(RNS) Yitzhak Rabin, who served as Israel’s prime minister and was one of her greatest statesmen, was assassinated 20 years ago — Nov. 4, 1995.
A right-wing Jew, Yigal Amir, killed Rabin at a peace rally precisely because of the prime minister’s commitment to the peace process.
A “radical” suggestion: The anniversary of Rabin’s assassination should become a new Jewish observance — the Fast of Rabin.
Let me take you back to one of Judaism’s most obscure holidays — Tzom Gedalia, the Fast of Gedalia, which happens on the day after Rosh Hashanah. If you haven’t heard of it, don’t judge yourself too harshly; you are in good company.
In 586 B.C.E., the Babylonian king, Nebuchadnezzar, conquered the kingdom of Judah. He deported many Jews to Babylon, in what became known as the Babylonian Exile.
Nebuchadnezzar appointed a Judean, Gedalia, to be the governor of the now-Babylonian province of Judah.
Gedalia’s appointment did not sit well with a man named Yishmael who led a group of Jews on a “state visit” to Gedalia.
Gedalia had been warned of his guests’ murderous intent, but he refused to believe it and received them graciously.
Yishmael murdered Gedalia, along with most of the Jews who had joined him, as well as many Babylonians. And then, two days later, they killed 70 pilgrims who were on their way to Jerusalem.
Hence, the Fast of Gedalia — a day when Jews fast in mourning for the murderous treachery of Jews against other Jews.
If we still mourn for the obscure Gedalia, then what about a great leader and a missionary of peace — who was killed by a radical Jew who could not tolerate the idea of peace with the Palestinians?
But, you ask: Why should the anniversary of Rabin’s death merit a fast day? Don’t Jews fast when they need to atone for sin?
Well, come to think of it, yes.
While Rabin’s assassin is still in prison, his metaphorical gun has not stopped firing. Witness the ever-present temptation that exists among groups of radical Israeli settlers in the West Bank.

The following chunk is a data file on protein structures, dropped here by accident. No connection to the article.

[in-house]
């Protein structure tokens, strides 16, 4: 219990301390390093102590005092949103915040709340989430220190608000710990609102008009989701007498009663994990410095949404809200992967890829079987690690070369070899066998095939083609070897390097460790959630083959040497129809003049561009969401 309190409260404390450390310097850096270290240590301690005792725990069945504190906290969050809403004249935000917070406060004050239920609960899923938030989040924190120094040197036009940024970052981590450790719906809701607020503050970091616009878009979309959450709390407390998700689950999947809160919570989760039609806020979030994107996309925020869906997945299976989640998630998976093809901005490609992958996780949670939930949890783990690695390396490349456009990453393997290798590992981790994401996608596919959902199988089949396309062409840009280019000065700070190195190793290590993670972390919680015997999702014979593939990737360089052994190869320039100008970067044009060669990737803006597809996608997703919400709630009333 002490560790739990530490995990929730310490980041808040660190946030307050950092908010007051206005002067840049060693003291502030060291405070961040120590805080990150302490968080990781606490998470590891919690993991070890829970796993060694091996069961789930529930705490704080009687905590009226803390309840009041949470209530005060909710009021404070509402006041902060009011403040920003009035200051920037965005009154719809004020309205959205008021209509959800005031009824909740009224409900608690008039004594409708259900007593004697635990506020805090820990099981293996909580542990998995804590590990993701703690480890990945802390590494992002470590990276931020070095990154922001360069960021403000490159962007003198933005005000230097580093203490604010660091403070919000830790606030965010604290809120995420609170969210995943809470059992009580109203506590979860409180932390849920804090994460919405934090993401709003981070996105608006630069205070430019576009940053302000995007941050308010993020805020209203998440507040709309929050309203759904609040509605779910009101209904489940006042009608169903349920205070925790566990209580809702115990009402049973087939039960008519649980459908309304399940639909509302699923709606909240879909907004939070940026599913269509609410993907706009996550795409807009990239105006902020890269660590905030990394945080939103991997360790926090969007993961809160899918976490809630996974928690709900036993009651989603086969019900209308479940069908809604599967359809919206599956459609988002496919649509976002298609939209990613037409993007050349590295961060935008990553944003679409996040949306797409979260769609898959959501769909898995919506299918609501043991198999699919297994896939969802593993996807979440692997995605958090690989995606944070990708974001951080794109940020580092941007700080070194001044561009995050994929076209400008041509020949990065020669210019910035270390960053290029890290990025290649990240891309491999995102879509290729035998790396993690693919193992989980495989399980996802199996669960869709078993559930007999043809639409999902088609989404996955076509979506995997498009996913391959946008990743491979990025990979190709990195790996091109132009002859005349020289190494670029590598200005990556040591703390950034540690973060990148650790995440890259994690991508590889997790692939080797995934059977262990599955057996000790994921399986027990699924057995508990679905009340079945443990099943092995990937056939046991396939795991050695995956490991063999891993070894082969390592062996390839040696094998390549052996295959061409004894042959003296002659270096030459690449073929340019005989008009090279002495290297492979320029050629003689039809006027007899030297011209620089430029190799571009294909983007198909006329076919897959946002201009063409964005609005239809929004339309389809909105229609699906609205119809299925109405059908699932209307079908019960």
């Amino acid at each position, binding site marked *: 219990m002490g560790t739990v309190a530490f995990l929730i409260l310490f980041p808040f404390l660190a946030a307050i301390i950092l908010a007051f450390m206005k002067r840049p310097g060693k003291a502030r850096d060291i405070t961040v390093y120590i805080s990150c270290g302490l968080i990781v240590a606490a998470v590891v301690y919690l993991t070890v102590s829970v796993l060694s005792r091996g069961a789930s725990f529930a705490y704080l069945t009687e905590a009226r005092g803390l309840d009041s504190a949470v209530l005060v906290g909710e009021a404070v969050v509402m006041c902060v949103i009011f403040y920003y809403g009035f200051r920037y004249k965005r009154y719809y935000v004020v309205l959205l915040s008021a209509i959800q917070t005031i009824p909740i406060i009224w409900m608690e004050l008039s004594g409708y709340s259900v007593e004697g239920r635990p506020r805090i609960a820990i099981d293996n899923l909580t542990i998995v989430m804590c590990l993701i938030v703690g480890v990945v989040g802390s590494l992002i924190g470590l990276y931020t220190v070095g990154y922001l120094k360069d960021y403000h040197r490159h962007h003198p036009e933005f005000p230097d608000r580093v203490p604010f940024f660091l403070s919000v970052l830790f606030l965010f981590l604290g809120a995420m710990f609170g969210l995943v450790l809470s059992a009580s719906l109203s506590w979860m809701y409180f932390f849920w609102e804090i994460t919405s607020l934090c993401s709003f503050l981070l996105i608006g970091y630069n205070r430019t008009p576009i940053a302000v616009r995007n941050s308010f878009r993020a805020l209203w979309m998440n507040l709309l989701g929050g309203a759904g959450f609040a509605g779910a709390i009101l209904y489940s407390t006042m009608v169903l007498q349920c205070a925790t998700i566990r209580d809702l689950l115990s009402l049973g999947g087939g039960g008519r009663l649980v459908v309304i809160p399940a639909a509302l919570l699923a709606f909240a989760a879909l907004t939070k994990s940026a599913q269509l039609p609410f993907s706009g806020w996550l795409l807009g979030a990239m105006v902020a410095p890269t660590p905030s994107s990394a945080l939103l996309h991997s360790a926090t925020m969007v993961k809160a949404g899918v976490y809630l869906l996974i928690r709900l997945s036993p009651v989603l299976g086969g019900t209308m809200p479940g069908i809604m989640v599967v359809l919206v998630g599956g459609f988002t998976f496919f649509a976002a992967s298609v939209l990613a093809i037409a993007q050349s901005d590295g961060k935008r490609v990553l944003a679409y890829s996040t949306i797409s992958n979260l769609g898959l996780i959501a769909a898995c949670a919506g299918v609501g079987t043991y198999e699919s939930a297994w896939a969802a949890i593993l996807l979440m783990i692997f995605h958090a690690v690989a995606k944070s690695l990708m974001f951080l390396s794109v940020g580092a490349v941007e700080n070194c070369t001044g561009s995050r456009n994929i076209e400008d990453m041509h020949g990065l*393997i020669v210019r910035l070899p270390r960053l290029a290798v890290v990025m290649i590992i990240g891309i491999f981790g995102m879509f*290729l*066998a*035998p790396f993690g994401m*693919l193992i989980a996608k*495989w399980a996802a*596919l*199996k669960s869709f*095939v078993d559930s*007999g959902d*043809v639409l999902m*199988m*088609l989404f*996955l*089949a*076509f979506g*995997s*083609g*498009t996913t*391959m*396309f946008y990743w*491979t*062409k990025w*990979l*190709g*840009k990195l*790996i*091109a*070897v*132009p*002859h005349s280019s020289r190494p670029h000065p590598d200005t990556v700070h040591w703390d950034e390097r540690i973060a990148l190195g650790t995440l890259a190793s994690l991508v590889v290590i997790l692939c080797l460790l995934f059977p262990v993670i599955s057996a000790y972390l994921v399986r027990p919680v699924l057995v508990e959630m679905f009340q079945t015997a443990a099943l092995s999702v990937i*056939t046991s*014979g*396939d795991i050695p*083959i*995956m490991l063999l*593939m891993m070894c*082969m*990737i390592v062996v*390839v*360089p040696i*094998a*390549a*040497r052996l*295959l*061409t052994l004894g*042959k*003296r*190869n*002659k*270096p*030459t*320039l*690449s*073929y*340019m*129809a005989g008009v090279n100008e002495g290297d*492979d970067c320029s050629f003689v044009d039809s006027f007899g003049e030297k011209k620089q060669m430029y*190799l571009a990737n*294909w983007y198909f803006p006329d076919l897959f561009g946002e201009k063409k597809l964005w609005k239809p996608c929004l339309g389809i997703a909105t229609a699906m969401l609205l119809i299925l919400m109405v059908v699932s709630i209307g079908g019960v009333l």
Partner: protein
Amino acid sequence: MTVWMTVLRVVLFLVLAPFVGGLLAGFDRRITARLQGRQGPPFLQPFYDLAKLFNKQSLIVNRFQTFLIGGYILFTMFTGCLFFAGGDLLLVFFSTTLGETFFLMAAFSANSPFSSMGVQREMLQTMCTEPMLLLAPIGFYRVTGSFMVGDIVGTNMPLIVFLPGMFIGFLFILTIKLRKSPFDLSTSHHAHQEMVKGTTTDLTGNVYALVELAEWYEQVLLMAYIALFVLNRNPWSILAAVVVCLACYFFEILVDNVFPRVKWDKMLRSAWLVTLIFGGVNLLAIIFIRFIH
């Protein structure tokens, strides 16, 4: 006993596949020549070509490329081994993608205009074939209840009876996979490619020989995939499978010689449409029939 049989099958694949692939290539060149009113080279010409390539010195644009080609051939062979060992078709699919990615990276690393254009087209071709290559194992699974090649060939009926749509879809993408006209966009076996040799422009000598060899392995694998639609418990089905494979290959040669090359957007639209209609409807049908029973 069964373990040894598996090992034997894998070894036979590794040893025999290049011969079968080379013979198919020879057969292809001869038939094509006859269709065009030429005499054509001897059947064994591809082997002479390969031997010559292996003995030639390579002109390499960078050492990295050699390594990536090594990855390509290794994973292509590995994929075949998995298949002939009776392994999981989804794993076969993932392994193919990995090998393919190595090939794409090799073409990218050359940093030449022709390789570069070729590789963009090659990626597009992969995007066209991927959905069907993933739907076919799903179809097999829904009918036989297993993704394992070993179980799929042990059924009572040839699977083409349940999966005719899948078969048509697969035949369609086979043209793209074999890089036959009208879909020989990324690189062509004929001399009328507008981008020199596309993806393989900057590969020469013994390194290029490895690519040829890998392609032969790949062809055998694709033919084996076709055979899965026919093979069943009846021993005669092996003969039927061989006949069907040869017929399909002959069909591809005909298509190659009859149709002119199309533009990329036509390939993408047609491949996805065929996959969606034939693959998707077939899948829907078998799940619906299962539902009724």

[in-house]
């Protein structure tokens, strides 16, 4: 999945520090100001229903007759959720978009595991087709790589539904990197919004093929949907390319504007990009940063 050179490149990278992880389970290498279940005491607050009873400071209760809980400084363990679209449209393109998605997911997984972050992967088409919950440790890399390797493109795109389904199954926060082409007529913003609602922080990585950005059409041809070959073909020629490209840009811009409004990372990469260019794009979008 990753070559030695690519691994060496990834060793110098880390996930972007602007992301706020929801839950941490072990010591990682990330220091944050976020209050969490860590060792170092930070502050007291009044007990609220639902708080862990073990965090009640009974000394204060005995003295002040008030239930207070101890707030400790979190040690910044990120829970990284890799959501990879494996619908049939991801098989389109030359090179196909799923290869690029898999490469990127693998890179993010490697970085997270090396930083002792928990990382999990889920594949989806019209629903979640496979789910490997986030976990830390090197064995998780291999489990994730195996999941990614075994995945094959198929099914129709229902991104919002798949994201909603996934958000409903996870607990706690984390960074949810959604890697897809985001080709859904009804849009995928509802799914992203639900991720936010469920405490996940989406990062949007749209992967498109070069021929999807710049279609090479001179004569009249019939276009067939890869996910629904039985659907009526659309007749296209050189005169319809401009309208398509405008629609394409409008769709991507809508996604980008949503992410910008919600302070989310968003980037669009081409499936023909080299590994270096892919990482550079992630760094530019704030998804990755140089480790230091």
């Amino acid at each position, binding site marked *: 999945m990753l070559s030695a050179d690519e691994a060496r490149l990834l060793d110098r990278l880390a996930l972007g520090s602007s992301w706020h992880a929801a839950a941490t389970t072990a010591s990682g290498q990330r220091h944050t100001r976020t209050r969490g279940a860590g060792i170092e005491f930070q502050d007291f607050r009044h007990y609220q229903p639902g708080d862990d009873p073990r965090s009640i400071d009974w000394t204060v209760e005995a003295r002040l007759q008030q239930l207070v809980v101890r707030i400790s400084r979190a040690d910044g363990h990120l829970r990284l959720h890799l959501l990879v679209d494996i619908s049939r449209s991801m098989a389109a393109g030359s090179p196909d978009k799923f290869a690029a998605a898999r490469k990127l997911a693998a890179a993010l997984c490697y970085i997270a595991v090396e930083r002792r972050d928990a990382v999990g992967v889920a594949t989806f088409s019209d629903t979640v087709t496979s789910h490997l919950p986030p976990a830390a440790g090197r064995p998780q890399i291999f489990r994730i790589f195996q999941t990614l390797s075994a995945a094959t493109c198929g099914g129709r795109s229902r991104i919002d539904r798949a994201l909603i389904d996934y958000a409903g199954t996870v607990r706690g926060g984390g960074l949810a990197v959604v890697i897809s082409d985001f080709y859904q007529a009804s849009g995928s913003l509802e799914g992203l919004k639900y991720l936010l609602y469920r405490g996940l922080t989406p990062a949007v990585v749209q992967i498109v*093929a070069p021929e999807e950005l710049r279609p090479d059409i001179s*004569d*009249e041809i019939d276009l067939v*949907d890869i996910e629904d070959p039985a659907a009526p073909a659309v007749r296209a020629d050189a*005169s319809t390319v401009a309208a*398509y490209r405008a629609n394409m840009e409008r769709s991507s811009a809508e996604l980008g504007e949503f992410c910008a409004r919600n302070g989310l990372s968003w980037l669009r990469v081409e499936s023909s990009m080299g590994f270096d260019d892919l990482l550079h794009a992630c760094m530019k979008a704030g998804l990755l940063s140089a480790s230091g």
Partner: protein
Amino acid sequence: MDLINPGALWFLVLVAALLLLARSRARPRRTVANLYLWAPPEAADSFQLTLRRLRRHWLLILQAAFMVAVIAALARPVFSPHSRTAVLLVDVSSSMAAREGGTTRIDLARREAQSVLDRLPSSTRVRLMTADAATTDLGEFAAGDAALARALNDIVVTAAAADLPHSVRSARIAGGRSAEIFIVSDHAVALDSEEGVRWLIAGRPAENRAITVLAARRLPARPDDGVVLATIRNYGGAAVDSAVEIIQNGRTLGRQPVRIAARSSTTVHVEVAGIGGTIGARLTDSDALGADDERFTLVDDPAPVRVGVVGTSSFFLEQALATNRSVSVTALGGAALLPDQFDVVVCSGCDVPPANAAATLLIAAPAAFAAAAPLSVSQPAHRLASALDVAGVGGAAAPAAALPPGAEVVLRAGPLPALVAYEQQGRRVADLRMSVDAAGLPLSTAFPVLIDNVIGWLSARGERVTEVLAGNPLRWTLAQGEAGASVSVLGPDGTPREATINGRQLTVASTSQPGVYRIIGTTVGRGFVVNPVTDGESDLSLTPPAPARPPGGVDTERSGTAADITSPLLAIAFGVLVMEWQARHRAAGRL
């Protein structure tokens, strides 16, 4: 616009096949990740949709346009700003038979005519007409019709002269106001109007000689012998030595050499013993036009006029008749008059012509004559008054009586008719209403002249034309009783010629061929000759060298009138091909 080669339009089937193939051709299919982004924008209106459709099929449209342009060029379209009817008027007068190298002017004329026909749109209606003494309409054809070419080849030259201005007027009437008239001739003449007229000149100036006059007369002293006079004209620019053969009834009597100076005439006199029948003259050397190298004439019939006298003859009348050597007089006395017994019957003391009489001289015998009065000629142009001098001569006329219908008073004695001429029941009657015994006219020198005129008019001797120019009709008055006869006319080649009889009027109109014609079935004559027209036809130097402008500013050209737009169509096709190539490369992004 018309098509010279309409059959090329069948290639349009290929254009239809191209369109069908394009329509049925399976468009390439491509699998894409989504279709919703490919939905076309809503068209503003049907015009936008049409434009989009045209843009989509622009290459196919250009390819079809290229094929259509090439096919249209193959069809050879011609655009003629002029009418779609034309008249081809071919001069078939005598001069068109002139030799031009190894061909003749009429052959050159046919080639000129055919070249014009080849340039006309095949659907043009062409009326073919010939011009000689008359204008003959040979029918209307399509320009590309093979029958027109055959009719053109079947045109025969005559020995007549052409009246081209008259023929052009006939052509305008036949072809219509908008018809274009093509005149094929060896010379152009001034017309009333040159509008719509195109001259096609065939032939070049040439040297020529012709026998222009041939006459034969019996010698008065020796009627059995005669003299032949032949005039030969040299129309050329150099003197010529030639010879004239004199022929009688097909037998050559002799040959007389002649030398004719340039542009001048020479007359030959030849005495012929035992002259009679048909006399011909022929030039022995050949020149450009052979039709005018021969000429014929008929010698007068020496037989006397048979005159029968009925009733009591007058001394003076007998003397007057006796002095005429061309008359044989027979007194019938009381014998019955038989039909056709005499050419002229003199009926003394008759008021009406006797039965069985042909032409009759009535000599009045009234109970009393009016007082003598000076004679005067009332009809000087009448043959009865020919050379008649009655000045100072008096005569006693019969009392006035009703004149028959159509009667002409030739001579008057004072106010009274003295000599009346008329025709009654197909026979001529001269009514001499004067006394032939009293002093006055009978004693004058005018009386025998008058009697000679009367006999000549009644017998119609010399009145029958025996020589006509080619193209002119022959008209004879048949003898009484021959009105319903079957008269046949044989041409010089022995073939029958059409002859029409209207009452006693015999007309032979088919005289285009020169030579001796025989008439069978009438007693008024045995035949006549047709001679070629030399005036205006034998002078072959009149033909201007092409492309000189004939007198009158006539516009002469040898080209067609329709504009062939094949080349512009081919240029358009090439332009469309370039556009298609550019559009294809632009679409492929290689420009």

Among many other things:
- They were responsible for the recent burning to death of the Dewabshe family on the West Bank, including their infant child.
- They have been responsible for the torching of various churches in Israel, including those that are of major historical significance for Christians, such as the Church of the Multiplication of the Loaves and Fishes on the shore of the Sea of Galilee.
- Most recently, a radical settler attempted to stab Rabbi Arik Ascherman, head of Rabbis for Human Rights, as Ascherman was leading a protest against the destruction of olive trees on the West Bank.
Are all Jewish inhabitants of the West Bank afflicted with the fever of radicalism?
Hardly. Many Jews who live in the settlements are there for the same reason that many people moved to the suburbs: cheaper housing and more land.
Neither are the settlements nor the occupation the cause of the barbaric and bloody stabbings that have been happening since the beginning of October — almost 50 attacks. You think that attacks on Jews in France, for example, are because of the occupation? Guess again. You can chalk those up to pure Jew-hatred.
But there is a sizable group of extremist settlers. Many do not believe in the legitimate government of the State of Israel. Many would love to topple the secular government and to replace it with a new Jewish kingdom under the strict rule of halacha (Jewish law).
Jews should fast on the anniversary of Rabin’s death, because the bullets that killed the prime minister continue to enter the Jewish body politic. The militant rhetoric that killed the prime minister reminds us of the power of words. The ideology that killed the prime minister stains the Jewish people and the Jewish state, making peace that much more difficult to achieve.
The place where Rabin was assassinated in Tel Aviv has been renamed Rabin Square. A piece of graffiti adorns that spot.
Nirtzach al yedei ish loveish kippah.
Translation: “murdered by a man who wears a kippah (or yarmulke).”
Was the author a secular Jew, sneering: “Look at what the Orthodox are capable of doing!”
Or, was it an Orthodox Jew, lamenting: “Look at what we Orthodox are capable of doing!”
I would like to believe that it was actually the second choice — a cry from the heart of an Orthodox Jew who is saying that this is not what we were supposed to be.
As Israeli songwriter Shlomo Artzi sang about Rabin: “Are there any other people around like that man, who was like the weeping willows?”
For the past 20 years, there have not been.
But we could use one — and quickly. And, let the record note — on both sides of this conflict.
(Rabbi Jeffrey K. Salkin is the spiritual leader of Temple Solel in Hollywood, Fla., and the author of numerous books on Jewish spirituality and ethics, published by Jewish Lights Publishing and Jewish Publication Society.)
YS/MG END SALKIN